Support for minimum alcohol pricing gains strong ally

Support for a minimum price on alcohol is set to gain a powerful ally this week in the National Institute for Health and Clinical Excellence (Nice).

People drinking

Reports suggest that Nice will endorse minimum pricing in a new report on Wednesday as the best way to cut overall consumption, deter underage drinking and limit binge drinking.

Former Prime Minister Gordon Brown rejected the idea while Labour were in power, while the Conservatives’ manifesto suggested a rise in taxes on those drinks related to anti-social behaviour. The Lib Dems, however, backed the idea of minimum pricing pre-election.

The Con-Lib coalition government has yet to show its hand on minimum pricing, but has identified alcohol problems as one of its priorities with plans to stop alcohol being sold below cost price.

Nice is best-known for advising the NHS on which drugs and other forms of treatment will benefit patients and are worth spending money on. However, it also has status as Whitehall’s primary adviser on which policies are most likely to address health problems: its backing of minimum pricing would therefore be significant.

Much of the medical establishment, including the British Medical Association and the Royal College of Physicians, have been urging the introduction of a minimum price per unit of alcohol.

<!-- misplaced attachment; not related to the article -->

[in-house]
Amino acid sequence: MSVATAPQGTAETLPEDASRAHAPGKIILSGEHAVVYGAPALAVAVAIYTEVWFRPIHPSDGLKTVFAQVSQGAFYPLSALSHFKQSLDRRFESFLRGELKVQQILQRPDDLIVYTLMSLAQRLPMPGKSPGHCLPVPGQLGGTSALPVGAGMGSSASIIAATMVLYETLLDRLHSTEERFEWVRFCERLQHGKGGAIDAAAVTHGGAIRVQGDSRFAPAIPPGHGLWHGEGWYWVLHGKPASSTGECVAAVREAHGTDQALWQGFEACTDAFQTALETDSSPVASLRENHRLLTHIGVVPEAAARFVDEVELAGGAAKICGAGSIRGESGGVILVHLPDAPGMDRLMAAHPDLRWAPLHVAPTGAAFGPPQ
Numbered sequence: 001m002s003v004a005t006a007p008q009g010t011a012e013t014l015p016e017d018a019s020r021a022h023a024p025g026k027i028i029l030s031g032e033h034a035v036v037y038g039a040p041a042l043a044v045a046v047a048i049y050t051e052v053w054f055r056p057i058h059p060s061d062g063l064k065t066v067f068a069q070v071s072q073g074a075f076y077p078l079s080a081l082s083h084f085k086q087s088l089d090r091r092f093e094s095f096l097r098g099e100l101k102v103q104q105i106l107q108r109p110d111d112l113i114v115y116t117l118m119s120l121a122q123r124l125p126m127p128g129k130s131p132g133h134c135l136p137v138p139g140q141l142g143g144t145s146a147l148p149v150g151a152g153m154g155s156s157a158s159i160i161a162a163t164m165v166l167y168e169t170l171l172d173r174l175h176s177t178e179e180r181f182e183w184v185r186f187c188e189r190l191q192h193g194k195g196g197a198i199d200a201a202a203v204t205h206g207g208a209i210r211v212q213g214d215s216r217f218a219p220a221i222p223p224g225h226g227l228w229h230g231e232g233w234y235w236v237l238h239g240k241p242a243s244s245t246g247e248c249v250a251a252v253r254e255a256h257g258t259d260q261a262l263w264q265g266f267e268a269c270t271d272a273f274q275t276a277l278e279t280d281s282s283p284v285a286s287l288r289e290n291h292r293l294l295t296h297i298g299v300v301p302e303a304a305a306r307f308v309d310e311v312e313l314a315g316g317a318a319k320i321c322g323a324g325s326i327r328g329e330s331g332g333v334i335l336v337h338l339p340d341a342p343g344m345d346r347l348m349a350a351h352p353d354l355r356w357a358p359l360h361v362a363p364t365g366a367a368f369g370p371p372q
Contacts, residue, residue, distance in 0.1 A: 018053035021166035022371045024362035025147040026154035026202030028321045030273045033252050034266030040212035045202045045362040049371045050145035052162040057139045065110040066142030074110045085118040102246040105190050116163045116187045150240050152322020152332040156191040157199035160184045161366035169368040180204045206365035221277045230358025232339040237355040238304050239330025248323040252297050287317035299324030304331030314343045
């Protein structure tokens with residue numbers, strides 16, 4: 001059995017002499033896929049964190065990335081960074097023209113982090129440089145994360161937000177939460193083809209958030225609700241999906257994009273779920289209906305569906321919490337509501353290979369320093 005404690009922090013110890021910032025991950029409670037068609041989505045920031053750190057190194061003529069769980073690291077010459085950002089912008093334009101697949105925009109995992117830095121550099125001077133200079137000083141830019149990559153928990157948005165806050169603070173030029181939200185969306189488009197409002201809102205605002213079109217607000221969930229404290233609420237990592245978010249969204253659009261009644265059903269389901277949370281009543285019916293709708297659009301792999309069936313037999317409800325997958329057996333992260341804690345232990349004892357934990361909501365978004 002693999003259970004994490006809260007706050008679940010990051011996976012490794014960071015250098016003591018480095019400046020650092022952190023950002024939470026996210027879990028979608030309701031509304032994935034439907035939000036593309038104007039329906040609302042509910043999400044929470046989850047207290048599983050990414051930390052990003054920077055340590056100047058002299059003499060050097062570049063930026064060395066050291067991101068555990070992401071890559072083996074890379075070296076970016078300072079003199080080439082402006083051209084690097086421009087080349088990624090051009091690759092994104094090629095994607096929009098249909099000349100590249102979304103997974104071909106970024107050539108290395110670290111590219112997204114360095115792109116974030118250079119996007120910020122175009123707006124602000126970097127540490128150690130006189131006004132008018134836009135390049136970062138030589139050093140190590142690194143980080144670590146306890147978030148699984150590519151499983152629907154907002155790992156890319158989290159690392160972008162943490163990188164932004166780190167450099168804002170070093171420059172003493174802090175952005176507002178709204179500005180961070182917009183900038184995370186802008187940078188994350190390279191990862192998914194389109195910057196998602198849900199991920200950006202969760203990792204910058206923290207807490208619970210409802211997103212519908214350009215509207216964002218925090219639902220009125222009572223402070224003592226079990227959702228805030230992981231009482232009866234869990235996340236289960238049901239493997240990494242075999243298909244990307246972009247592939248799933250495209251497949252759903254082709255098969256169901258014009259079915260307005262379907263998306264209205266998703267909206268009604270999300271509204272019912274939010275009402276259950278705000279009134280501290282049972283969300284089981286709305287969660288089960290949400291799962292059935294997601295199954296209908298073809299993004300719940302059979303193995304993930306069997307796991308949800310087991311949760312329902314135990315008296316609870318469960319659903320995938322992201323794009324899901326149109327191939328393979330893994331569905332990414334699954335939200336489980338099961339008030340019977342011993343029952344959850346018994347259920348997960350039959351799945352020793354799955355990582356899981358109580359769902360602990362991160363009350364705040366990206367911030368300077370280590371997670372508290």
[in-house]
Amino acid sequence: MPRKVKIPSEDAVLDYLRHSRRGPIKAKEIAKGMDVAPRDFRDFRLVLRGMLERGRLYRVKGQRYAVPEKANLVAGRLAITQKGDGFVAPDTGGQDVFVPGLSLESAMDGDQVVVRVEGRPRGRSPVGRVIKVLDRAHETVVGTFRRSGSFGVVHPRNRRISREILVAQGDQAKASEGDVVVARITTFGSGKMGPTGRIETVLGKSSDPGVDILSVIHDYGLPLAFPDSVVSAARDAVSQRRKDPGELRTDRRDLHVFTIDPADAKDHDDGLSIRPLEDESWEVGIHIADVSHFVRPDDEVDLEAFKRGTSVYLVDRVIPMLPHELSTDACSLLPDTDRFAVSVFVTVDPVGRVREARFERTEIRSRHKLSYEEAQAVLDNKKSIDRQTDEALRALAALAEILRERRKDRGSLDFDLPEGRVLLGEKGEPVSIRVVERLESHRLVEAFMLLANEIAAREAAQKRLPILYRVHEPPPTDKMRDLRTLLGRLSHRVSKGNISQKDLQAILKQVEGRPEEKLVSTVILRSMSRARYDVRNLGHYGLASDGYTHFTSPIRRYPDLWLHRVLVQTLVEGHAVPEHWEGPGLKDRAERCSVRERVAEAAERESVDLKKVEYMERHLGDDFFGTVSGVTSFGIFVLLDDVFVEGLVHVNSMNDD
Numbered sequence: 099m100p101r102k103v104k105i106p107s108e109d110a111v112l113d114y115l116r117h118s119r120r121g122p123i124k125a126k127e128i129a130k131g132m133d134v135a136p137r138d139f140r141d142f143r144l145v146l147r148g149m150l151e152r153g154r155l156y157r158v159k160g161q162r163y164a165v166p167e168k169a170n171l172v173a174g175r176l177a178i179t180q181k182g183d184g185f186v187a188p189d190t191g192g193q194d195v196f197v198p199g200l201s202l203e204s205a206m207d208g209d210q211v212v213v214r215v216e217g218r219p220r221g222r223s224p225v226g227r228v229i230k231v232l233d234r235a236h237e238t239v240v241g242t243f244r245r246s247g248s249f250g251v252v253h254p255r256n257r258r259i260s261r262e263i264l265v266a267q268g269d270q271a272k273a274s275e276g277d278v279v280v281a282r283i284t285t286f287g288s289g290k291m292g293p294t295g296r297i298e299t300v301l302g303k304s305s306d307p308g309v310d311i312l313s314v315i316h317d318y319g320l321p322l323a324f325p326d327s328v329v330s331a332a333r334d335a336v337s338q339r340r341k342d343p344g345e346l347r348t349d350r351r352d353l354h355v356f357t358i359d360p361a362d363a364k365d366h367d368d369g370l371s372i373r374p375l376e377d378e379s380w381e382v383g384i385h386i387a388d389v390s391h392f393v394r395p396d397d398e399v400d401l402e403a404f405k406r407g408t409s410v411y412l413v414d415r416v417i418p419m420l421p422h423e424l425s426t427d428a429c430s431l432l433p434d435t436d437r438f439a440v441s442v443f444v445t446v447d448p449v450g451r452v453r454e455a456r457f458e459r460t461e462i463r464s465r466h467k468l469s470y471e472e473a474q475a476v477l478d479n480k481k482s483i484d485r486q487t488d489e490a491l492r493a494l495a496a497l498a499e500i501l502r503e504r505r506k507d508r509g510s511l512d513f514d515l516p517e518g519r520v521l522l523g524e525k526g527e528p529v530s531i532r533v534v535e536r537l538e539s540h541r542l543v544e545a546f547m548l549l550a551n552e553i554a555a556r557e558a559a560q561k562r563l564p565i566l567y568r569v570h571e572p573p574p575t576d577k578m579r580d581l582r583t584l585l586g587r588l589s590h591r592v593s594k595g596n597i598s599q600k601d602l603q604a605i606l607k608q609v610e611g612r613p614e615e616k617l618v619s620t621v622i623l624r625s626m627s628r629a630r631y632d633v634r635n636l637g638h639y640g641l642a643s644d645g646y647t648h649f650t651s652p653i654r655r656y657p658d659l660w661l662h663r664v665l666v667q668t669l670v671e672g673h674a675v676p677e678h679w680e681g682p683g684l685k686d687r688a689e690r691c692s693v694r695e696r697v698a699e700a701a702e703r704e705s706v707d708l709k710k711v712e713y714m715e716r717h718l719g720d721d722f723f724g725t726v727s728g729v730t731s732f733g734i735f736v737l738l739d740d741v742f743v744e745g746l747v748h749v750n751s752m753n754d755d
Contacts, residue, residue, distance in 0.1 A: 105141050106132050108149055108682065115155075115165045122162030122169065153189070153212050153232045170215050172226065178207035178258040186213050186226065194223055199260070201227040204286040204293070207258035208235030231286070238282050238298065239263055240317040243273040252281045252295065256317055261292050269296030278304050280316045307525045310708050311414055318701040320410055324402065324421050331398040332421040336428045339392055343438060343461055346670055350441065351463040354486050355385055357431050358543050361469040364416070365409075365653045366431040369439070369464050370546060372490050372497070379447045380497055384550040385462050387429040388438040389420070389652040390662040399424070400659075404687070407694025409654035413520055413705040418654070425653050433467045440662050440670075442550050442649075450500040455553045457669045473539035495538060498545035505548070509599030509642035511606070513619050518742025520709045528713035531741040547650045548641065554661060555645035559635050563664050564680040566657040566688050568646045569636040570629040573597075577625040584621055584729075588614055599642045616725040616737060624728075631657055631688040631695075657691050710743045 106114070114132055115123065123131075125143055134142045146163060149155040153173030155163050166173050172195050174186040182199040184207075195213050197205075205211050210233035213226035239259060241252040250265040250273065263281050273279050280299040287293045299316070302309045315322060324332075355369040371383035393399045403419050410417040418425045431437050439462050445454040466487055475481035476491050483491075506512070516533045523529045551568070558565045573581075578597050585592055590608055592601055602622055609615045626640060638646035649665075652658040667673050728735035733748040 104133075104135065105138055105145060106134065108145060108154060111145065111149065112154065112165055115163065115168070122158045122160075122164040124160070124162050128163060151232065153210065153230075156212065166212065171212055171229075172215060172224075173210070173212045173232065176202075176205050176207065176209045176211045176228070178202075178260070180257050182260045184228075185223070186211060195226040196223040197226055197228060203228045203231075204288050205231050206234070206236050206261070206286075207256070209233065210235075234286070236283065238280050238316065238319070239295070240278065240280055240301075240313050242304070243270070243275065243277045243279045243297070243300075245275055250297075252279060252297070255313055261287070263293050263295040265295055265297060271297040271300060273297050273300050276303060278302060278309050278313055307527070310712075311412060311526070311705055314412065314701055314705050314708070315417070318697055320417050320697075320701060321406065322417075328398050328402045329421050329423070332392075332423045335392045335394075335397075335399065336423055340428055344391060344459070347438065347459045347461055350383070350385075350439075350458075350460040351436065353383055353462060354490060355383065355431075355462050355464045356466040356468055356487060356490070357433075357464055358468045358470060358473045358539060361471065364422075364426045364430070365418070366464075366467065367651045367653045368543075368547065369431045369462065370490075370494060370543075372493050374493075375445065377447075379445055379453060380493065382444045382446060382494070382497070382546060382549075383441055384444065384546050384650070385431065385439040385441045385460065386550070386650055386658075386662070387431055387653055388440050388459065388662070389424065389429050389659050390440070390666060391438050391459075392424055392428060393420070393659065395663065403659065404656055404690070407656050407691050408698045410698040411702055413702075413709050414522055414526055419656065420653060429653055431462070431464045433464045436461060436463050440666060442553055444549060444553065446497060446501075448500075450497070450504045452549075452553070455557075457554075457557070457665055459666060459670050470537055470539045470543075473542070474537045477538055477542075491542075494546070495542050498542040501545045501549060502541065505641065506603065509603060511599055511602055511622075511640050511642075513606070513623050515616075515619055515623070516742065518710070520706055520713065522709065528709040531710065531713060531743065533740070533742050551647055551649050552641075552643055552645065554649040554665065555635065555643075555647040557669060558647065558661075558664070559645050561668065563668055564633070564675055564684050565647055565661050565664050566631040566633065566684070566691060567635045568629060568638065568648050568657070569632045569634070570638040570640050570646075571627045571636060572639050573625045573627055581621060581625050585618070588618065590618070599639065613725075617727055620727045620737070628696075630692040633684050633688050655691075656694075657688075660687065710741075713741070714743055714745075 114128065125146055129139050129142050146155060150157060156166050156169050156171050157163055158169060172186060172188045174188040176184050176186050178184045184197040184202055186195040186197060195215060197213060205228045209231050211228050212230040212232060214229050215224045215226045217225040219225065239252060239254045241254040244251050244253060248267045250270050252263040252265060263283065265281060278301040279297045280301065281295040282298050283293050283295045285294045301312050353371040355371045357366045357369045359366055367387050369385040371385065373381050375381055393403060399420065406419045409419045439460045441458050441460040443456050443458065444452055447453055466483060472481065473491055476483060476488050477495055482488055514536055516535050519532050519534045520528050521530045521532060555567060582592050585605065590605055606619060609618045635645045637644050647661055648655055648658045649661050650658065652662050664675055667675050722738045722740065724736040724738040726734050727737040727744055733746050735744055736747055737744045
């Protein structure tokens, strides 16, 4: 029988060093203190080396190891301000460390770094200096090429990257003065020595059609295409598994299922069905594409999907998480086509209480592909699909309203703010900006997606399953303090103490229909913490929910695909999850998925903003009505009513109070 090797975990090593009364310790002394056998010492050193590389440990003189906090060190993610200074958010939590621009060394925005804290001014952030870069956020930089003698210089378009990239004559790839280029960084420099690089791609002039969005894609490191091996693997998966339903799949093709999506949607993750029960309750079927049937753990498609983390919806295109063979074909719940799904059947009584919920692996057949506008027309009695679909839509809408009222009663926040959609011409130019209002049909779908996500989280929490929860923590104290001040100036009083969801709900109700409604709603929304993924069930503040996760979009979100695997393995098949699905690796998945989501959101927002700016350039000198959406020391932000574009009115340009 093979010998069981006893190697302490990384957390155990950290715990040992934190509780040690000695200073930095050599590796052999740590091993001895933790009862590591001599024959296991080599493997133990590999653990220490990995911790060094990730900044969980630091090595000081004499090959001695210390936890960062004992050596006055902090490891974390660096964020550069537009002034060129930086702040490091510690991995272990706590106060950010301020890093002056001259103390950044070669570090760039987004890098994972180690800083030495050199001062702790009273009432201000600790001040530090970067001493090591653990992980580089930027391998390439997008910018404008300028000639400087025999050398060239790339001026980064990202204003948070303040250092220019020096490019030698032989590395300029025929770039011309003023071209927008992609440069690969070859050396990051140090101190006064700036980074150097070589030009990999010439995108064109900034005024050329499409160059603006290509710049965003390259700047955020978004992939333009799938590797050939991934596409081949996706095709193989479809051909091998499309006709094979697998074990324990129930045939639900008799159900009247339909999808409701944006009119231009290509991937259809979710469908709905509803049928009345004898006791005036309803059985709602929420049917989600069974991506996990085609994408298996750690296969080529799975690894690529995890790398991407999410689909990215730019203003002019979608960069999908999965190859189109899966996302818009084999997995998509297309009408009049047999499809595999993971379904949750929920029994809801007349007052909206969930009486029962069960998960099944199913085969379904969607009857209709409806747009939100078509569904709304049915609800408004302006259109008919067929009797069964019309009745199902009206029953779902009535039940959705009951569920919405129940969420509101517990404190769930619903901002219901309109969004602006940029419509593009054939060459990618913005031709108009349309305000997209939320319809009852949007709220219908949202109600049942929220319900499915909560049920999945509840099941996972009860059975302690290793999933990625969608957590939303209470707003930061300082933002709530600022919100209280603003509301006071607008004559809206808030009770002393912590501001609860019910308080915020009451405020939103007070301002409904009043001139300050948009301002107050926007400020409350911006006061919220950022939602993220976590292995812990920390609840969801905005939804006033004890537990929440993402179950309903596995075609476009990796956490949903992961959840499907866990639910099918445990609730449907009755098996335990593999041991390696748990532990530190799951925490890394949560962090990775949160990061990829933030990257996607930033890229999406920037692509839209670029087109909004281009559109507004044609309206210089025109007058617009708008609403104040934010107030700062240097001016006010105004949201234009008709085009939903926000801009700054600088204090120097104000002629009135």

Earlier this year the cross-party Health Committee called for the price per unit to be set at least 40p- a move which it said would save 1,100 lives every year. Increasing it to 50p would save almost treble that number.

Currently, alcohol can be sold for as little as 10p a unit, which has seen three times as much alcohol drunk per head in Britain compared to the 1950s.

Of the major multiples, only Tesco is in favour of at least discussing minimum pricing. Writing in the Telegraph last month, Tesco chief Sir Terry Leahy said the company would “support any future discussions on a minimum price for alcohol”.

However, most other major retailers , industry bodies, the British Retail Consortium and The Portman Group reject the idea on the ground that it would would unfairly penalise the majority of responsible drinkers.

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